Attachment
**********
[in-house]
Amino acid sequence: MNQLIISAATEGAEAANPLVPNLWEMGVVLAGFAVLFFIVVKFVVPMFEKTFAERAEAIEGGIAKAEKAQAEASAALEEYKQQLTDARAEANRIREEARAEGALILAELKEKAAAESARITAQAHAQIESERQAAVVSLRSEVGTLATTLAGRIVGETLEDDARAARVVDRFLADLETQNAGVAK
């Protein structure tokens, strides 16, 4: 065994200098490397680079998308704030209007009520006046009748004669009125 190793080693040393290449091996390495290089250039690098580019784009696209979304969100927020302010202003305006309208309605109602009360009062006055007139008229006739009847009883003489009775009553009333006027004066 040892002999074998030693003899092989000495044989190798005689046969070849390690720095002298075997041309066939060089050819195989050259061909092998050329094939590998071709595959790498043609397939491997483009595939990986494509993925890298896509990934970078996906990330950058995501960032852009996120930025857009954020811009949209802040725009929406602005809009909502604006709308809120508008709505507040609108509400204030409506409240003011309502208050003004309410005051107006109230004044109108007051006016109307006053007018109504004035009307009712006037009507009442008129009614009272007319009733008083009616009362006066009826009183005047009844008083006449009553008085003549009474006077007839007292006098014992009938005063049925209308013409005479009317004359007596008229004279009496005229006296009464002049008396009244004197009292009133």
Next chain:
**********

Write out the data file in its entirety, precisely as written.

[in-house]
Amino acid sequence: MNQLIISAATEGAEAANPLVPNLWEMGVVLAGFAVLFFIVVKFVVPMFEKTFAERAEAIEGGIAKAEKAQAEASAALEEYKQQLTDARAEANRIREEARAEGALILAELKEKAAAESARITAQAHAQIESERQAAVVSLRSEVGTLATTLAGRIVGETLEDDARAARVVDRFLADLETQNAGVAK
């Protein structure tokens, strides 16, 4: 065994200098490397680079998308704030209007009520006046009748004669009125 190793080693040393290449091996390495290089250039690098580019784009696209979304969100927020302010202003305006309208309605109602009360009062006055007139008229006739009847009883003489009775009553009333006027004066 040892002999074998030693003899092989000495044989190798005689046969070849390690720095002298075997041309066939060089050819195989050259061909092998050329094939590998071709595959790498043609397939491997483009595939990986494509993925890298896509990934970078996906990330950058995501960032852009996120930025857009954020811009949209802040725009929406602005809009909502604006709308809120508008709505507040609108509400204030409506409240003011309502208050003004309410005051107006109230004044109108007051006016109307006053007018109504004035009307009712006037009507009442008129009614009272007319009733008083009616009362006066009826009183005047009844008083006449009553008085003549009474006077007839007292006098014992009938005063049925209308013409005479009317004359007596008229004279009496005229006296009464002049008396009244004197009292009133």
Next chain: